Charter school’s over-enrollment could be to blame for decline in GDOE enrollment

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Enrollment decreased by 3.1 percent over the last three years.

Guam – The Guam Department of Education will be pushing lawmakers to separate the charter school budgets from GDOE’s budget due to over-enrollment issues.

In a press release issued late this afternoon, GDOE announced that there has been a decline in overall student enrollment, attributing the decline to the opening of two new charter schools.

However, GDOE Superintendent Jon Fernandez also indicated that at least one charter school could be to blame for the decline in enrollment and potential financial issues.

This is because Guahan Academy Charter School enrolled 980 students this school year despite a statutory cap of 740 students.

“With $8,060,000 being taken from GDOE’s budget to support 1,240 students at the two charter schools, it is alarming that GDOE has only lost 949 students,” said Fernandez. “This means that funding is being taken from GDOE at a rate of $8,493 per student to support the charter schools. It looks like we are subsidizing the charter school’s students coming from private school or off-island or new pre-kindergarten students.”

You can read the press release from GDOE below:

PRESS RELEASE

October 11, 2017

GDOE Enrollment at 30,112 Students as of September 30

Enrollment Falls 3.1% Over Past Three Years as New Charters Open

Earlier today, the Guam Department of Education (“GDOE”) released its official enrollment numbers as of September 30, 2017.  Total student population for GDOE was reported at 30,112 students, a decline of 646 students (-2.1%) since last year and a total decline of 949 students (-3.1%) since 2014.  The schools most impacted in terms of declining enrollment, reporting a drop of 7% or more over the past three years include the following (in declining percentage loss by level):

Elementary Schools:

  • L.B. Johnson Elementary School, Tamuning (-22%)
  • D.L. Perez Elementary School, Yigo (-13%)
  • P.C. Lujan Elementary School, Barrigada (-12%)
  • Juan M. Guerrero Elementary School, Dededo (-9%)
  • C.L. Taitano Elementary School, Sinajana (-7%)
  • Maria Ulloa Elementary School, Dededo (-7%)
  • M.U. Lujan Elementary School, Yona (-7%)
  • Wettengel Elementary School, Dededo (-7%)
  • Oceanview Middle School, Agat (-7%)

Middle Schools:

  • Inarajan Middle School, Inarajan (-12%)
  • Jose Rios Middle School, Piti (-8%)

High Schools:

  • George Washington High School (-12%)* (opening of Tiyan High)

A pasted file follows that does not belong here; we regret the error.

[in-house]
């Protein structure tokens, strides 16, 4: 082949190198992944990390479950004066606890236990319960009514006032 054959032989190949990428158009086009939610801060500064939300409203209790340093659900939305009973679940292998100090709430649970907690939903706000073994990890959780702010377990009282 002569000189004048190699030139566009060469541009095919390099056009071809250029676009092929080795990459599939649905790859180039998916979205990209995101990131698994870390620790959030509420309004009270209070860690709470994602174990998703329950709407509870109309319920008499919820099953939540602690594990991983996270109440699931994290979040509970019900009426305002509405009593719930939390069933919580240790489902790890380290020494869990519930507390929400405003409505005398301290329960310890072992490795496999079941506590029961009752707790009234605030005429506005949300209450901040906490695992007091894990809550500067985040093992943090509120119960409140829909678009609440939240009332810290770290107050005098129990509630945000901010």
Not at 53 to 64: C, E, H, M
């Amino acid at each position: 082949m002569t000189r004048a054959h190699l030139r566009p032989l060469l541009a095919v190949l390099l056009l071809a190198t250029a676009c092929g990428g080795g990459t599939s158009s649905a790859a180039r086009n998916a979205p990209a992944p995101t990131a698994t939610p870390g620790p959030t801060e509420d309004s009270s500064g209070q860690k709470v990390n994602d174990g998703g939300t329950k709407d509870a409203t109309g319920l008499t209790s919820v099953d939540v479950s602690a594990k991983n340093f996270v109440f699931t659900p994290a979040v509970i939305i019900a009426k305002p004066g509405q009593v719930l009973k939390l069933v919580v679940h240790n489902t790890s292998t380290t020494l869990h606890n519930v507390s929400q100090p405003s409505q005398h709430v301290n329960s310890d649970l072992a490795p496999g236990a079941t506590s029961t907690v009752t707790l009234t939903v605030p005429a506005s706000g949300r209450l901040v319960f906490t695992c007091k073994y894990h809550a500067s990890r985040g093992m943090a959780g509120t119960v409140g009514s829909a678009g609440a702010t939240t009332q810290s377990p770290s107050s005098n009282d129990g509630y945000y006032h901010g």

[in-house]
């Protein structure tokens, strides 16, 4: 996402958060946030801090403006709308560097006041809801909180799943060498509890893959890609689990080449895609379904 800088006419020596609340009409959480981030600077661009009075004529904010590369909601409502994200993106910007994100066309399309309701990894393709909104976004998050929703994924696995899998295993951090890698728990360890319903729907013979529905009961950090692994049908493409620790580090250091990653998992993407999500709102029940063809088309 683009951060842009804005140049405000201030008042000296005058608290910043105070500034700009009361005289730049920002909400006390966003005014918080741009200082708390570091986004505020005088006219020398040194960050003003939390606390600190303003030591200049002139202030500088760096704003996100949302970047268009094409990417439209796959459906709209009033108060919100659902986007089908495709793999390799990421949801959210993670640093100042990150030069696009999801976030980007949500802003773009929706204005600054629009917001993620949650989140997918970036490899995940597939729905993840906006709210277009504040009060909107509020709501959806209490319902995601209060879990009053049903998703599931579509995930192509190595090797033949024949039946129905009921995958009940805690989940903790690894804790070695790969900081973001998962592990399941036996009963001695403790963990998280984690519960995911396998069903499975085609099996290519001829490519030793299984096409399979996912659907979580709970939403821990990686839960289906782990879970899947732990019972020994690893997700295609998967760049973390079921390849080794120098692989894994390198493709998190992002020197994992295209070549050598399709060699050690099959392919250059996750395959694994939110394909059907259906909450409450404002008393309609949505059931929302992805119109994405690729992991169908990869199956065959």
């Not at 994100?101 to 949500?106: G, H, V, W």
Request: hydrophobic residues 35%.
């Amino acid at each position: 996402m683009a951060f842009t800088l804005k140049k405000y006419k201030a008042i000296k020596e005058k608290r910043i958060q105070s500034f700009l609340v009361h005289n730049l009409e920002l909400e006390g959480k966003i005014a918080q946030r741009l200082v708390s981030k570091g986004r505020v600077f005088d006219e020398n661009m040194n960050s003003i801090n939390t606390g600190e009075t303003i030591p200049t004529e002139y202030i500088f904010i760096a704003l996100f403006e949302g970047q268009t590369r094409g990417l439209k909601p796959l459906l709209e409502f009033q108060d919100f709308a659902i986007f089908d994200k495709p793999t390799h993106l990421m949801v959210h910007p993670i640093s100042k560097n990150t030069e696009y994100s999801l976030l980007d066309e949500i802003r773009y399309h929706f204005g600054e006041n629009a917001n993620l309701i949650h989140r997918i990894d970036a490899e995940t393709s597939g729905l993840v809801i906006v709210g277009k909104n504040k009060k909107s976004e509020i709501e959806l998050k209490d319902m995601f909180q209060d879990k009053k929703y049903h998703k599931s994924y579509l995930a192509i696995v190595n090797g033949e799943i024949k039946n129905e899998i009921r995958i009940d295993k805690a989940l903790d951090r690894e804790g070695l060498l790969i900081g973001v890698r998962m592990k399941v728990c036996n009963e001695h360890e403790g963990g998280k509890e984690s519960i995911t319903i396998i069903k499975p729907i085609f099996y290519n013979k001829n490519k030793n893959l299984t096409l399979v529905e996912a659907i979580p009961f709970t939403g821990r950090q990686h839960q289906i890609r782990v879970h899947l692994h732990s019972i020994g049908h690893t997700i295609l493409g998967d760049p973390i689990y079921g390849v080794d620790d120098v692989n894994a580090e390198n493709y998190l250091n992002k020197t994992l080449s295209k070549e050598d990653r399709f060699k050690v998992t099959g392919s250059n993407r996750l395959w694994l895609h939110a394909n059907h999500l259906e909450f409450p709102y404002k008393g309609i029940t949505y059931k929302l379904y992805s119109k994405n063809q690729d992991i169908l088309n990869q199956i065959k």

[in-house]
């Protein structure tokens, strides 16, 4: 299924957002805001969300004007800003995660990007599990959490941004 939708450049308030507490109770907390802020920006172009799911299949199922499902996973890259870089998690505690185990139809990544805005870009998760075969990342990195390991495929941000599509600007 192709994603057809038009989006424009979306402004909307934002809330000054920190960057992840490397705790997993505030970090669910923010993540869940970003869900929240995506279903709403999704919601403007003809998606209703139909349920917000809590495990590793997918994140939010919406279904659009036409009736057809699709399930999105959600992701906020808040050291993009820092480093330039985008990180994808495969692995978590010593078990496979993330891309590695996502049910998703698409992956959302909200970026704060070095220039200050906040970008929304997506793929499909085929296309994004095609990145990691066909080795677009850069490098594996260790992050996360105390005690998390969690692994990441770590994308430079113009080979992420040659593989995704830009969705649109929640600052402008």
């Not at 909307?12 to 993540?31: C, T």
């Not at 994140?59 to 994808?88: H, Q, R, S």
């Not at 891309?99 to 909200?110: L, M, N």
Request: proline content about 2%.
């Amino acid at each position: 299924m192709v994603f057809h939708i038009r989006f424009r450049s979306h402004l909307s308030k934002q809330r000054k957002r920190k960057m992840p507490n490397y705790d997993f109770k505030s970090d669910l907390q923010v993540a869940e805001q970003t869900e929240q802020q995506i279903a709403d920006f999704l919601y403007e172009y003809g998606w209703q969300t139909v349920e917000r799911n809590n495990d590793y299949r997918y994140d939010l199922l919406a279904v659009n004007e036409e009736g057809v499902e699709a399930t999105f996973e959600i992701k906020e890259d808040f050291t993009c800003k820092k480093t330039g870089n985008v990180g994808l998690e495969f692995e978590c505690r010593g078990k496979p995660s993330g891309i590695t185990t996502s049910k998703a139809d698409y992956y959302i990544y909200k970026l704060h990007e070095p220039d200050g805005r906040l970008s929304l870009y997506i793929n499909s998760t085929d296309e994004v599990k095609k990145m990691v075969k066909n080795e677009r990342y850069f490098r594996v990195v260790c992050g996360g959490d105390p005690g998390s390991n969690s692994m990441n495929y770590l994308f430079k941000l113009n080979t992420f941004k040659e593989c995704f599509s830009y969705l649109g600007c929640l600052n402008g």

These schools will be reviewed by central office officials to determine the impact that the lower enrollment may have on the need for teachers and other employees at the school.

GDOE officials have been anticipating this decline which has coincided with the opening of two charter schools – Guahan Academy Charter School (“GACS”) and iLearn Academy Charter School (“iLearn”) – over the past three years.  This school year, iLearn is authorized and provided funding to support 500 elementary school students.  GACS is funded to support no more than 740 students but has reportedly enrolled as many as 980 elementary, middle and high school students.  This fiscal year, the charter schools will be drawing $8,060,000 from the GDOE budget this fiscal year, at an authorized funding level of $6,500 per student.

Superintendent Jon Fernandez expressed concern at the recent numbers, specifically with the mechanism for funding charter schools from the GDOE budget.

“With $8,060,000 being taken from GDOE’s budget to support 1,240 students at the two charter schools, it is alarming that GDOE has only lost 949 students,” said Fernandez. “This means that funding is being taken from GDOE at a rate of $8,493 per student to support the charter schools. It looks like we are subsidizing the charter school’s students coming from private school or off-island or new pre-kindergarten students.”

Given the possibility that Guahan Academy is not receiving local funding for the 240 students exceeding the 740 budget cap, Fernandez believes that the per-pupil funding situation would be even worse for the department.

“If we had to absorb Guahan’s 240 students back into the system, that would mean we would have lost only 709 students from GDOE,” said Fernandez. “That means that the $8,060,000 that is going to charters from GDOE is effectively at a rate of $11,368 per student.  I don’t believe that is what the Legislature intended.”

Fernandez indicated that he and the Guam Education Board will continue to push for the separation of the charter school budgets from the GDOE budget, in order to ensure that there are not unintended negative effects on GDOE.

Additionally, Fernandez indicated that GDOE has concerns for the financial stability and sustainability of one of the charter schools and that he would be submitting his findings to that charter school and to the Guam Academy Charter Schools Council this week.

“I support charters, but as we look at the resources being drawn from GDOE and the information gained in validating charter school expenditures, it is important that we strengthen the financial sustainability and accountability of these organizations,” said Fernandez. “If a charter school cannot sustain itself, then GDOE and, more importantly, the many students and families who are depending on that charter school, are going to be impacted down the road. It’s even worse if the charter school has taken on debt obligations that it cannot pay.  I’m hoping that we can look at and deal with these issues now, especially with more charters knocking at the door.”

Fernandez indicated that he would not release the report until it had been provided to the charter school and to the Guam Academy Charter Schools Council for their response and review.

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